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I am sure that you already know that today is Election Day for the 2012 Consolidated General Election! While many San Franciscans have already submitted their vote-by-mail ballots (you must drop them off at any polling place in San Francisco before 8 PM Tuesday), others prefer the experience — and of course, the sticker — you get at your local polling place.

According to David Elrod, his Nob Hill area polling place was crowded, with “people voting on tables with no privacy.” He says things were well organized and “super fast.” The only complaint he had was “that I heard some polling places had donuts.”

Beth Spotswood went to her Mission District polling place at 9 AM, “and there was a little line, but no waiting really. We just had to wait for people to check-in. It was mellow.”

“I did run into my current neighbor and former co-worker while wearing a baseball hat and no make-up,” Spotswood reported. “So, there’s something to be said for voting absentee.”

Rita Hao says that “It looked like maybe around 50 people had voted” at her Mission District polling place “when we got there (around 8:30 AM), and this was our first time voting in District 9 (we just got zoned out of 6).”

“I left the ballot for Campos blank. I am not voting for a domestic violence apologist, not now and not ever, ” Hao said, in reference to David Campos, the unopposed D9 candidate who voted against the permanent removal of Sheriff Mirkarimi from office last month.

“Two people ahead of us were voting for the first time ever,” Hao said “and it was crowded enough that I didn’t actually have a little privacy booth to vote in, so we voted sitting on the floor. I VOTED! stickers, as always, (were) in hot demand, including by the toddler” (that’s Hazel, pictured above).

Rain Jokinen, who says that three of the sites she tried to find her polling place “couldn’t find mine,” reports that her Nob Hill area polling place was packed by 7:55 this morning.

“There were about 8 booths in a tiny garage, and five or six people waiting in line,” Jokinen said. “It was pretty efficient, but again, CRAMPED. Took me about 15 minutes total.”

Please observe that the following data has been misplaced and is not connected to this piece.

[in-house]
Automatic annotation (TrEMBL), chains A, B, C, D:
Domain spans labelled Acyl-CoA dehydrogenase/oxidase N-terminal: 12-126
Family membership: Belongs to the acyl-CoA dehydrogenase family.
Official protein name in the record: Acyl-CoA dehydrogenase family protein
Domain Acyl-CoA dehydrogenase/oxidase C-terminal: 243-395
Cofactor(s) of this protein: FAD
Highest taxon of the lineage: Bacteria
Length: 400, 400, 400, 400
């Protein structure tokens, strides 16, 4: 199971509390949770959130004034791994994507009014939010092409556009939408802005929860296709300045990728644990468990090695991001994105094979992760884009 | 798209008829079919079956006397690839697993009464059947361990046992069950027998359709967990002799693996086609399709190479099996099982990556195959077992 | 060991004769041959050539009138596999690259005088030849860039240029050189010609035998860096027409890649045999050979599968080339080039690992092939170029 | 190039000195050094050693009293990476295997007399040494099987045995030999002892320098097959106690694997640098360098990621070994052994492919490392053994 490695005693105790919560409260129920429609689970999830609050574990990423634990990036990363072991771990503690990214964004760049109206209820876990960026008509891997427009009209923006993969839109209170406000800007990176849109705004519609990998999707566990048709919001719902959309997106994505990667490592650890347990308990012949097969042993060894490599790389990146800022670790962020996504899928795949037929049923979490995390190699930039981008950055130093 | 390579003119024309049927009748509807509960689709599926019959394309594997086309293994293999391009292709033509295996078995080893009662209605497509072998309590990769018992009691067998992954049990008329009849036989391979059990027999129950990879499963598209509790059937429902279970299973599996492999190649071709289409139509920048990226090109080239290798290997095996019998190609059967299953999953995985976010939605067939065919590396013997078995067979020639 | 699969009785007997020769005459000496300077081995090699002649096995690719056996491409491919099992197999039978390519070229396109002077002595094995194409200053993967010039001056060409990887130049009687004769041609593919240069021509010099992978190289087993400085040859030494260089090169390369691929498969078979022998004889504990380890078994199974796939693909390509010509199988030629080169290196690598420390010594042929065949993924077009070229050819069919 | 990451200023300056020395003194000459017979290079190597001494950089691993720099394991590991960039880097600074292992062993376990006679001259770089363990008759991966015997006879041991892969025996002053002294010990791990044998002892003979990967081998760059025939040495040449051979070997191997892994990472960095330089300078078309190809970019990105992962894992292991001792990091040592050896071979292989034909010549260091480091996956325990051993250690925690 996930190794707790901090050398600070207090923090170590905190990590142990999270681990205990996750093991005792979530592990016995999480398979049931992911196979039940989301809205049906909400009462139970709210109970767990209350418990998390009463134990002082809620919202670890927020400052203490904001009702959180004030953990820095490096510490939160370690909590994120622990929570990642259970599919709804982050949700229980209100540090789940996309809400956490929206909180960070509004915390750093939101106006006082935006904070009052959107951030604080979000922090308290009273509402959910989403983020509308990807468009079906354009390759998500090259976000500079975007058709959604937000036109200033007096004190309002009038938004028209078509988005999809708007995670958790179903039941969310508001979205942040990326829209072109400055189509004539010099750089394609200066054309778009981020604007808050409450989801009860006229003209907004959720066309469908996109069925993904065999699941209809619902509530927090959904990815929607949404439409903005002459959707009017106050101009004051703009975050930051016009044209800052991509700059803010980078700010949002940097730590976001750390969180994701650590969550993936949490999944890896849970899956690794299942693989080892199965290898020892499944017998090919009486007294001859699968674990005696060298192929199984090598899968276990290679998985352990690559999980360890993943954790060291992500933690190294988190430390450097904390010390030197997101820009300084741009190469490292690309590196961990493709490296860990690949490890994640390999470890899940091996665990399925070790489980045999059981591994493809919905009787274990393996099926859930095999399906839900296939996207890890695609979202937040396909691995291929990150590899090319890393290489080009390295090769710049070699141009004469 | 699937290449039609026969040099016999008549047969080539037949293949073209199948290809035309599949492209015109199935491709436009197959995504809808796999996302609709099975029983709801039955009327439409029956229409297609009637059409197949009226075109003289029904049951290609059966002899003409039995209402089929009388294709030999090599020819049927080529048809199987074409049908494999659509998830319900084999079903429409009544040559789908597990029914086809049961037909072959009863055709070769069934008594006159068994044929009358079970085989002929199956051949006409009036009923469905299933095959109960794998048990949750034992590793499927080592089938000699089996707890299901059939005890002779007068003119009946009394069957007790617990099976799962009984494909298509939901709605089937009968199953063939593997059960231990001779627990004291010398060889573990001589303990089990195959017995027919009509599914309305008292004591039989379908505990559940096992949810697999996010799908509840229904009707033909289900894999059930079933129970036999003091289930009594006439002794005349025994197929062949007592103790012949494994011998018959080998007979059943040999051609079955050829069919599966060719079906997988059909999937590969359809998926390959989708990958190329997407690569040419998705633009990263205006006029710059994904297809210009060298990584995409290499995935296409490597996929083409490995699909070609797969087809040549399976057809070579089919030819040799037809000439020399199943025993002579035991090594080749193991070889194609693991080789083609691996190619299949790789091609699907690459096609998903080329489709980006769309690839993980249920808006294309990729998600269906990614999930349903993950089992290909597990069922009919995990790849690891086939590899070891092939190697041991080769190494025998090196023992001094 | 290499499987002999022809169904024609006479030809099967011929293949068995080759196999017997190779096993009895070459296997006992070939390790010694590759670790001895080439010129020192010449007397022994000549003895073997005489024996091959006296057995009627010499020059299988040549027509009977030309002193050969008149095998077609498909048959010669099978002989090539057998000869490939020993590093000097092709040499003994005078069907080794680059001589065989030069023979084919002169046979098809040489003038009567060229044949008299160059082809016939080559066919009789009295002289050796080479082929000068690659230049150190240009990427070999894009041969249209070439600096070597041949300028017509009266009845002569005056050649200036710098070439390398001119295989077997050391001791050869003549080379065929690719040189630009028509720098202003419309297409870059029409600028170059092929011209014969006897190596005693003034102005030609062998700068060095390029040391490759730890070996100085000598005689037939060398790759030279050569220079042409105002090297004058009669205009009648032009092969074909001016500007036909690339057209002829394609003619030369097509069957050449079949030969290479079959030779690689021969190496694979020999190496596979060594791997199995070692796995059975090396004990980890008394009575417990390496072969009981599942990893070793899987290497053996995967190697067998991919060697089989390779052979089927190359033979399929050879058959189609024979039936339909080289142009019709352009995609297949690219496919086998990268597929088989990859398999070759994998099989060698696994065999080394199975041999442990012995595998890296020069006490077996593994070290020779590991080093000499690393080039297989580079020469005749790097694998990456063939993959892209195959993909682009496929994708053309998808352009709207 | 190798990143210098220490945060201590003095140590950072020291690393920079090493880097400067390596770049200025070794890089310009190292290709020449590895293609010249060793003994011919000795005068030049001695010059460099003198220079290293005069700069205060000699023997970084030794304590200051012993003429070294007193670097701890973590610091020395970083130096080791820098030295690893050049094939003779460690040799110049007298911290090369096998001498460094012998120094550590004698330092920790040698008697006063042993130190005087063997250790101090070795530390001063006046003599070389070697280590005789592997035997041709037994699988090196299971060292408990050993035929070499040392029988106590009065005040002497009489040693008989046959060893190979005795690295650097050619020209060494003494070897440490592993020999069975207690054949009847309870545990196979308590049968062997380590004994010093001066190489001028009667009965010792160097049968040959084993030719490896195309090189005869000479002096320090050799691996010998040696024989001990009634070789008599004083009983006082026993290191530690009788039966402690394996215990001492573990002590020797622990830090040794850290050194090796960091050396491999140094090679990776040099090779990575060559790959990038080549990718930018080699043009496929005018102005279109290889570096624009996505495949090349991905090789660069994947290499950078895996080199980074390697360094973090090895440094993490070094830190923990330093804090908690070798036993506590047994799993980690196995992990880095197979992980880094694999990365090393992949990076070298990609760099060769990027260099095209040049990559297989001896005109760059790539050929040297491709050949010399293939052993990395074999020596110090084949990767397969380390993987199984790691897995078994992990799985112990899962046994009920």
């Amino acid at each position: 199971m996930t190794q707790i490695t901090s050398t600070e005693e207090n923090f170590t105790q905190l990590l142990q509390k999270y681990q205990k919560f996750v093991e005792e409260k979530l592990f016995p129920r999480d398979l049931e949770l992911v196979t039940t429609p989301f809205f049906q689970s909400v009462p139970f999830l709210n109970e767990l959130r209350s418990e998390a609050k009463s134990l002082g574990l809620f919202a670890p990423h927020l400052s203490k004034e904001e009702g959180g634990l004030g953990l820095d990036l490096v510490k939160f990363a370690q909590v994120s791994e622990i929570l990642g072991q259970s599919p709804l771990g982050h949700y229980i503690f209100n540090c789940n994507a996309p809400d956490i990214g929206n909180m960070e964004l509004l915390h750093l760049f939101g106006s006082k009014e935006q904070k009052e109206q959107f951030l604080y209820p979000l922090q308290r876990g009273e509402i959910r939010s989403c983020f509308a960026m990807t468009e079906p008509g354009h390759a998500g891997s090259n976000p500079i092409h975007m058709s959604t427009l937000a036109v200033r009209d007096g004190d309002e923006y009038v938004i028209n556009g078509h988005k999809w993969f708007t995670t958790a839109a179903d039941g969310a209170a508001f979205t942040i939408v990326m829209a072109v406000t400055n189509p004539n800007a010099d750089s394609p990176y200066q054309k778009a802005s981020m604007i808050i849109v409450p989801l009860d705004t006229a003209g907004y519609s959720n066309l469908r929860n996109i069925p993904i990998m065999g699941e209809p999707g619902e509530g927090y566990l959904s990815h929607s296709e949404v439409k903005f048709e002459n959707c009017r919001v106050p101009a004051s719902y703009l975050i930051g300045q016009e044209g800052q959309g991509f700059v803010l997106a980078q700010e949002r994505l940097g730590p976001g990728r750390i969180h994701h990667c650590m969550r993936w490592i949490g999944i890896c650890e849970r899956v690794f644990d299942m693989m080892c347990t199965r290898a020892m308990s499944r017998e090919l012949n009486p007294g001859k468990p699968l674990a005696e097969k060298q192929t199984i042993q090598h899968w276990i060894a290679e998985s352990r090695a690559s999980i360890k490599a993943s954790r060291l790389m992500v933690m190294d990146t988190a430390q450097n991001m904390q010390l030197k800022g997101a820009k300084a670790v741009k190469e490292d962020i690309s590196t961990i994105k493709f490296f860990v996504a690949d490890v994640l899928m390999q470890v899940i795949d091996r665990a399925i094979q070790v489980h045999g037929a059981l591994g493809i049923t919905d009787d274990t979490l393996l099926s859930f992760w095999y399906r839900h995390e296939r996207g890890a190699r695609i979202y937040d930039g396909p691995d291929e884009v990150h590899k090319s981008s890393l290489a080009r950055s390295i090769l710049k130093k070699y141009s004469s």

“One interesting thing was a woman who lives next door to the polling place, and had voted there before, was now redistricted to another polling place blocks away, which, what?”

Sally Kuchar says her Nob Hill area polling place was “wonderful,” with ‘Nice elderly volunteers paired with excited teenagers.”

“It was at an elementary school, Kuchar says. “It kind of makes you think a little bit harder when there’s a pack of children playing outside your polling place.”

Christine Borden reports from the comments that things were “pretty quiet” as she dropped off her ballot at her NoPa (“where the District 5 supervisor hopefuls have been campaigning in full force”) polling place at 9:45 this morning.

“No line and a few people voting at booths, Borden reports. “The poll workers were really friendly and helpful and I was in and out within 2 minutes. Super easy!”

At noon, my Outer Sunset polling place had no line, but I nabbed the last (of seven) privacy “booths.”

While I was voting, a uniformed SFPD officer came in, asked if he could vote there even though it wasn’t his polling place, then got shitty with the teenaged election worker when she offered him a provisional ballot. When the adult pollworker intervened in an attempt to explain, the police officer snapped “that’s the stupidest thing I’ve ever heard” and walked out. Drama!